At this time of year, I am often asked for advice on sleeping when it is so hot at night.
The temperature of the bedroom plays a significant role in determining how well you sleep. In general, the bedroom should be cool. At night, your body temperature naturally drops. Your body needs to lose heat and this is done mainly through the head and face, as these are the only areas that are not usually covered by bedding. A cool bedroom therefore facilitates this heat loss.
So how cool is cool? Many experts say that the ideal temperature for a bedroom is around 16-18oC. But whilst a cool bedroom is important, the temperature inside your bed makes a difference too. This temperature should be as close as possible to thermo-neutral, i.e. approximately 29oC. Usually you can heat your sleeping space to the correct level with your body heat alone, but if the bed is particularly cold a hot water bottle can help get the temperature up to the comfort level.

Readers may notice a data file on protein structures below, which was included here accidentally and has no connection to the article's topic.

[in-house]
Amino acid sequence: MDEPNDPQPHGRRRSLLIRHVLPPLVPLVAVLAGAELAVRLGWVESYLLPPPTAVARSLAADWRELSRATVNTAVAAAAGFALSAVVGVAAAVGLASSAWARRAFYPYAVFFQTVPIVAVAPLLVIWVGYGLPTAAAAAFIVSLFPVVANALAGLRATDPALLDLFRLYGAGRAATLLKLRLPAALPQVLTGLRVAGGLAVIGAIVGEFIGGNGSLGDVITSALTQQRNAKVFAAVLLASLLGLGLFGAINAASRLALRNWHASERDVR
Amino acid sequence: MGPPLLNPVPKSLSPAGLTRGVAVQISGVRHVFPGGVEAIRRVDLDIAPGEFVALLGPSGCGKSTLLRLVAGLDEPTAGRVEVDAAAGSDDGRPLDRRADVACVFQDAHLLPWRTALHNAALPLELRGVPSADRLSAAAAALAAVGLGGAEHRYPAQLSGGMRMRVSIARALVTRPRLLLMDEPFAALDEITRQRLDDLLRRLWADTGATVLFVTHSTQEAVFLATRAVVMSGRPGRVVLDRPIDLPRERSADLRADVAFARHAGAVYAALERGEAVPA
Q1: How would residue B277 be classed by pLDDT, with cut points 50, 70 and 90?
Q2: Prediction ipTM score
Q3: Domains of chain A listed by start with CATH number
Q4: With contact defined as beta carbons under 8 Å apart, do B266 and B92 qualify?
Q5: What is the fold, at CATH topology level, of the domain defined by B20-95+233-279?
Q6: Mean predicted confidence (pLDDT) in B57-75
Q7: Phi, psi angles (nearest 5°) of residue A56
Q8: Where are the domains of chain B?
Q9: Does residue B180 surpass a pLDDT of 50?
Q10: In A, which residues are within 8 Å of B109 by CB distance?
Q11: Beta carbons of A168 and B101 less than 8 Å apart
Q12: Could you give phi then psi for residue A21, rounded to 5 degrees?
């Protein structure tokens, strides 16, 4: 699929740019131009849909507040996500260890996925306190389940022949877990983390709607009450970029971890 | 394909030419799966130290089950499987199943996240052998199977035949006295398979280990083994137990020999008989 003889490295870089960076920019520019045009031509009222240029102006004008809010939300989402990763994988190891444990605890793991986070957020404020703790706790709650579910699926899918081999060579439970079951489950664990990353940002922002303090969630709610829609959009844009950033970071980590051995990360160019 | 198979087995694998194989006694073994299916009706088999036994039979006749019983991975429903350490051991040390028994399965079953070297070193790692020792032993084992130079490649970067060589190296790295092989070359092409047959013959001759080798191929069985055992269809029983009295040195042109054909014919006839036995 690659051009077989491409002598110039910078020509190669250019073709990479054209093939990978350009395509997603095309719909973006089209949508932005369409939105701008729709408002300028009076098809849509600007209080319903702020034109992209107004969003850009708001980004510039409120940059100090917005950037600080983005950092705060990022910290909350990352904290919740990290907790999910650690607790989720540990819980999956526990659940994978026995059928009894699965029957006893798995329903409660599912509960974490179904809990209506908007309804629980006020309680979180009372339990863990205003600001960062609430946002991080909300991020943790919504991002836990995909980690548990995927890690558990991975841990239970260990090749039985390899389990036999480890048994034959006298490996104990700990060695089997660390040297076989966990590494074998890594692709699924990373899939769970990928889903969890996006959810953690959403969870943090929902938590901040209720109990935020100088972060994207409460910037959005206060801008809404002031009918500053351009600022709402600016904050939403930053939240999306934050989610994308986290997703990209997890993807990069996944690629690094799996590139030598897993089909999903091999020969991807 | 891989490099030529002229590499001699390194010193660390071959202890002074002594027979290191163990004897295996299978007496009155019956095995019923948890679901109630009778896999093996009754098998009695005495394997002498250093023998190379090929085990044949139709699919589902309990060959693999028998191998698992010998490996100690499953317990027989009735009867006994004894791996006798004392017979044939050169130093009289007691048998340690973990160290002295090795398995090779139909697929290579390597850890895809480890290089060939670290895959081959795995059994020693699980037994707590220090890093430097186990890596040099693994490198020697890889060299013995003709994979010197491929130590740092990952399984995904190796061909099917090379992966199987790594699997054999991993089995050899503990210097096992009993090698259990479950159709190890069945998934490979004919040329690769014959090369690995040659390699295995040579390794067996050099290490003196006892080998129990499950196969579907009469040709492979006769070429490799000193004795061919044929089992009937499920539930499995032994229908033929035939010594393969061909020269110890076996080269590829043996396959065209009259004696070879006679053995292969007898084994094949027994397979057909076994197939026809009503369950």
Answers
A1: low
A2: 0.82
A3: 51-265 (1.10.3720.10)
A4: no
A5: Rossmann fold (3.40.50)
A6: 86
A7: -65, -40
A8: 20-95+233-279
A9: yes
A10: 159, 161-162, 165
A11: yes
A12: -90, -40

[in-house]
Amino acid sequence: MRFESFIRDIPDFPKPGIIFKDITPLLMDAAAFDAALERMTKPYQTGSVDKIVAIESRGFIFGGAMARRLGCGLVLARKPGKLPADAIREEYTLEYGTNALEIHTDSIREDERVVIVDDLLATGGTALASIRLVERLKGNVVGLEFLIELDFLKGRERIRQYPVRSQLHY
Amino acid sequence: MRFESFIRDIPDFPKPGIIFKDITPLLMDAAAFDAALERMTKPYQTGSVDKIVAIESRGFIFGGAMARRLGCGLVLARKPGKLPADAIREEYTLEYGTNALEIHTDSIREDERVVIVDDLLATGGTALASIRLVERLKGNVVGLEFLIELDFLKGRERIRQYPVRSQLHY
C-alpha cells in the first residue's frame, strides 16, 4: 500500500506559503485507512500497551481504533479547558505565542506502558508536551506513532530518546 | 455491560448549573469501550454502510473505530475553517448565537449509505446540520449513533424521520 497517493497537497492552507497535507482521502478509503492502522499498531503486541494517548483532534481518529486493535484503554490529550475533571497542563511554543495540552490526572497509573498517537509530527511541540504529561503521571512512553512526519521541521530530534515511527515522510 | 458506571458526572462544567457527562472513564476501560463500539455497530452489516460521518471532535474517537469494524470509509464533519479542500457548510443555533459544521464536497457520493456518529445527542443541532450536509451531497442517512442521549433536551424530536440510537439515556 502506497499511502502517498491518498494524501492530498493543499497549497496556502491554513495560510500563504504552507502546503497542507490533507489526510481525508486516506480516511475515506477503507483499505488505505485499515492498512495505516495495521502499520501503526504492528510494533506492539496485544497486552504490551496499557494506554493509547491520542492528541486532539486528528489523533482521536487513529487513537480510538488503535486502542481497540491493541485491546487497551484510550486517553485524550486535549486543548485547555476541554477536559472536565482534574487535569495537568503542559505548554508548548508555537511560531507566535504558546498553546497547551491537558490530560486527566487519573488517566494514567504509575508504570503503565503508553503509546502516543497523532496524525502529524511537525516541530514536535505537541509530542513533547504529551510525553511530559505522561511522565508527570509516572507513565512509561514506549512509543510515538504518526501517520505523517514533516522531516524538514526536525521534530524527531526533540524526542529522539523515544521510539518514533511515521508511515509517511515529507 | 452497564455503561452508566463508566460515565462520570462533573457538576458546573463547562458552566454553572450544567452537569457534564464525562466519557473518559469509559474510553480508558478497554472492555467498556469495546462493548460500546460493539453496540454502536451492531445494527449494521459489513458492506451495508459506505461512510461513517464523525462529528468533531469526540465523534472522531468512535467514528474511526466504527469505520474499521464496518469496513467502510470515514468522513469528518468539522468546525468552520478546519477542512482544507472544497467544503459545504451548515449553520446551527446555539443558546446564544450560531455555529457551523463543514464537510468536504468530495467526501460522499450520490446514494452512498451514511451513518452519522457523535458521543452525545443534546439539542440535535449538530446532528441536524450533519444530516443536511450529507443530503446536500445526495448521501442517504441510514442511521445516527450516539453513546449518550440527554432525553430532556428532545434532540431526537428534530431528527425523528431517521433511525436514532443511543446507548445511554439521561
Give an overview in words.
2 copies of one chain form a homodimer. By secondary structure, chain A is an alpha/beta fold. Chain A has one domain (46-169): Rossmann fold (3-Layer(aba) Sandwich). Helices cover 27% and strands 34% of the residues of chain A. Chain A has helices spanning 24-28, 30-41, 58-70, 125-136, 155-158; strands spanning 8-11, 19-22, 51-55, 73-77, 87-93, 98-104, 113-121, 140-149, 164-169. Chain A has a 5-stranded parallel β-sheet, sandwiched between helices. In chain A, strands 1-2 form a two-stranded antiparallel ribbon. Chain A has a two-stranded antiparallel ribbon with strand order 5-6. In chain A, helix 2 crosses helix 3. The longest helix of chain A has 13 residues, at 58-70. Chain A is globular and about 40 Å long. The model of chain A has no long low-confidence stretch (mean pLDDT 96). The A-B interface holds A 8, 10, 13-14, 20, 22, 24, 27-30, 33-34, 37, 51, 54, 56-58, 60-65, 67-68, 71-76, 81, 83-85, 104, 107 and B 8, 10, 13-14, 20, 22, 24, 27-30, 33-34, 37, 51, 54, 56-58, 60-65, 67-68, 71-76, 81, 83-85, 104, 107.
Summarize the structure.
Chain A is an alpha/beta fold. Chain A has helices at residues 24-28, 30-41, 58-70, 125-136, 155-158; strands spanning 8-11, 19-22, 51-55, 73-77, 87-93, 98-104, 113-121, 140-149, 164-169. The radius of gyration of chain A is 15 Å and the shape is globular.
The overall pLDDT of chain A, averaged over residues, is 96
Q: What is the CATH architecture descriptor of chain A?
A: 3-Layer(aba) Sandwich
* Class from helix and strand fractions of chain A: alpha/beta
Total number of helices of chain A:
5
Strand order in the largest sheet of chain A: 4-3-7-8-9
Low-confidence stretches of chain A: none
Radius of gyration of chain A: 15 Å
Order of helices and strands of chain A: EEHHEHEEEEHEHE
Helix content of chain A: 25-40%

If either the room is too hot or you are too hot under the duvet, it is more difficult for the body to lose the heat that it needs to, resulting in disturbed sleep. This is why alcohol and big meals should be avoided close to bedtime: as they are both highly calorific, the body has to burn off these calories, generating extra heat. Being too cold is no better, as it prevents the body from achieving its optimal sleep temperature.
Good sleep is therefore all about juggling the different variables – air temperature, bedclothes and pyjamas – to ensure that your bedroom and bed remain as close as possible to the ideal temperatures. The general rule of thumb is warm bed / cool bedroom. Try to stick to it, and have a great summer!
Dr. Neil Stanley
Dr Neil Stanley is an independent sleep expert who has been involved in research for over 35 years. After starting out at the R.A.F. Institute of Aviation Medicine, he moved on to the University of Surrey's Human Psychopharmacology Research Unit, where he was Director of Sleep Research. Today, he travels the world lecturing on various aspects of sleep to both healthcare professionals and the public at large.